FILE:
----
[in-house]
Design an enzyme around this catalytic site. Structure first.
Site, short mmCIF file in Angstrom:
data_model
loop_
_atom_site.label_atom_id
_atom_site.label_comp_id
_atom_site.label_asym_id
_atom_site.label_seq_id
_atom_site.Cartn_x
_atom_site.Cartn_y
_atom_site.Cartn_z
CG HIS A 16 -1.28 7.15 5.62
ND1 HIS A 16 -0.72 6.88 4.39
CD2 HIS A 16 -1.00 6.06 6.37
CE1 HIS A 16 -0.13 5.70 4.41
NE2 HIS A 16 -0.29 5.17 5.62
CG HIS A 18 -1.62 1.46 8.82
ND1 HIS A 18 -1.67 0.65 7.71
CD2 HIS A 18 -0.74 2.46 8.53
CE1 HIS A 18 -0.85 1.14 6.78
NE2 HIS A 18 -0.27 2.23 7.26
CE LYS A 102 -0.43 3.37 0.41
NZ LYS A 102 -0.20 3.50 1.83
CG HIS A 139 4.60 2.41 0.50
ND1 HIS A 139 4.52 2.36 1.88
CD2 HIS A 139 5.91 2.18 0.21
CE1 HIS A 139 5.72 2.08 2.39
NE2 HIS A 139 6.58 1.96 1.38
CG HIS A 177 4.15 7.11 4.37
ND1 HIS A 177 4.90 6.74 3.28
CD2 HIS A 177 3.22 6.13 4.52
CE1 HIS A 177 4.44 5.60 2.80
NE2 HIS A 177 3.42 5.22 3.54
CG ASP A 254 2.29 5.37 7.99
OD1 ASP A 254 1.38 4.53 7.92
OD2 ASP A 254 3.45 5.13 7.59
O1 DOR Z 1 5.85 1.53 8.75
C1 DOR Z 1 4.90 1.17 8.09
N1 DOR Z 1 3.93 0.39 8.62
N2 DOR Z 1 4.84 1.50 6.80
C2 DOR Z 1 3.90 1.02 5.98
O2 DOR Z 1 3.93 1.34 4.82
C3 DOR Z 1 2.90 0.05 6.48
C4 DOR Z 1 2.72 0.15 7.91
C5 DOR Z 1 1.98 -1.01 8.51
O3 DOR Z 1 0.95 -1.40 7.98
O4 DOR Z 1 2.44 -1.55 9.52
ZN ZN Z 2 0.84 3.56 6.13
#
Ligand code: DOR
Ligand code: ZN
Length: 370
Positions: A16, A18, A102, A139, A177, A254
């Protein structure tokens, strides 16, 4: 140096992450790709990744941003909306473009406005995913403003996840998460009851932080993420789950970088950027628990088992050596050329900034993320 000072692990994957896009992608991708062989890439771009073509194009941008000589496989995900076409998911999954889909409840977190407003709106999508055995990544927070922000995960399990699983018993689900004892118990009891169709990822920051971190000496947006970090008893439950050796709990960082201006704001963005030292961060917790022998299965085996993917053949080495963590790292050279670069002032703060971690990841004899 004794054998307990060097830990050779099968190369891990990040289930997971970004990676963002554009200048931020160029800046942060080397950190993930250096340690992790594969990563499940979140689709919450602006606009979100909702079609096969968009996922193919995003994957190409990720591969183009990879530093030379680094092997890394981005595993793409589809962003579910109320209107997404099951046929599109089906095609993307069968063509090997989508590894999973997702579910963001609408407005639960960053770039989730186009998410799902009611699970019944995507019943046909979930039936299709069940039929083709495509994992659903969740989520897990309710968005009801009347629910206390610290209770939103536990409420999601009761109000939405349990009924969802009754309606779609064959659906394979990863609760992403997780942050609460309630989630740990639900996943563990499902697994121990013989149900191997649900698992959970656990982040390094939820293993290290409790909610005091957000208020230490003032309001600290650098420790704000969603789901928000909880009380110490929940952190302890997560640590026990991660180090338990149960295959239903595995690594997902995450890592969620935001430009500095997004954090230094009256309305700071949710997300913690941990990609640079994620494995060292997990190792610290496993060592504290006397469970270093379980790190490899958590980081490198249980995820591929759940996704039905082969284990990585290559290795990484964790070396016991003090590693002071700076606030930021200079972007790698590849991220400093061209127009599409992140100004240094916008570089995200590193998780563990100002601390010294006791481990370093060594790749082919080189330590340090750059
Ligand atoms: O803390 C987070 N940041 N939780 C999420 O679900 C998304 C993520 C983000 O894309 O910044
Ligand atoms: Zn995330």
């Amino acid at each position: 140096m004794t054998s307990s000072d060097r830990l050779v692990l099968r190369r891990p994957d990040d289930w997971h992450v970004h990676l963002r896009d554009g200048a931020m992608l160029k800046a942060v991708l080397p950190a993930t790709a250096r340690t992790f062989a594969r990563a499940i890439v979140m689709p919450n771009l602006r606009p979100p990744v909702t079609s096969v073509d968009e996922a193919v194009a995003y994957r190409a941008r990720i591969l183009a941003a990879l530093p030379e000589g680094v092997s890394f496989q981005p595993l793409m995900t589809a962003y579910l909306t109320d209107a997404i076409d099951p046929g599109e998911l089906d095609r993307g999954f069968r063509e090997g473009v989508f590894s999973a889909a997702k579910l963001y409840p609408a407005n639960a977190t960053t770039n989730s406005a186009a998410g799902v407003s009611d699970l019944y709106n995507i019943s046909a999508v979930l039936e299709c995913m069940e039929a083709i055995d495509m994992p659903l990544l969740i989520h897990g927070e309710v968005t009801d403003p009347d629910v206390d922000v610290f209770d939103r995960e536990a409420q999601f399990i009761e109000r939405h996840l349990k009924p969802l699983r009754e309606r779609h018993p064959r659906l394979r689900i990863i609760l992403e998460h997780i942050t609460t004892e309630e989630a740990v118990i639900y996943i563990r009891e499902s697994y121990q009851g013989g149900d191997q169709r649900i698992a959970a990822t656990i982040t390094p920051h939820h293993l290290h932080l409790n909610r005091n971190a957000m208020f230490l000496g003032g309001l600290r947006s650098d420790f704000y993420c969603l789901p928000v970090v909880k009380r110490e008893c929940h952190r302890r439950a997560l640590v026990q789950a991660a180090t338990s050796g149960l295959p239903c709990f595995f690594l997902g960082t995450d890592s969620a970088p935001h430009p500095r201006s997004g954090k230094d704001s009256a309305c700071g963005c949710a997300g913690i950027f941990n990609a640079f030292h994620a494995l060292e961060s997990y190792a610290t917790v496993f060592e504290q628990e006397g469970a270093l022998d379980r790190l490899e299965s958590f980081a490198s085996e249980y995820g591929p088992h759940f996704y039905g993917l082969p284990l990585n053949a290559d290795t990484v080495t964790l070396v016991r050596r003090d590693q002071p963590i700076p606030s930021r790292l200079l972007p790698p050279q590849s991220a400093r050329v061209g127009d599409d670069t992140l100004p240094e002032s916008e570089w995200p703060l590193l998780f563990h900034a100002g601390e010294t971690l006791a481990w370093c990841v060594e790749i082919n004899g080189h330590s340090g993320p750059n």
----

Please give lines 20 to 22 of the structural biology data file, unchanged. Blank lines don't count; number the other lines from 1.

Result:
CD2 HIS A 18 -0.74 2.46 8.53
CE1 HIS A 18 -0.85 1.14 6.78
NE2 HIS A 18 -0.27 2.23 7.26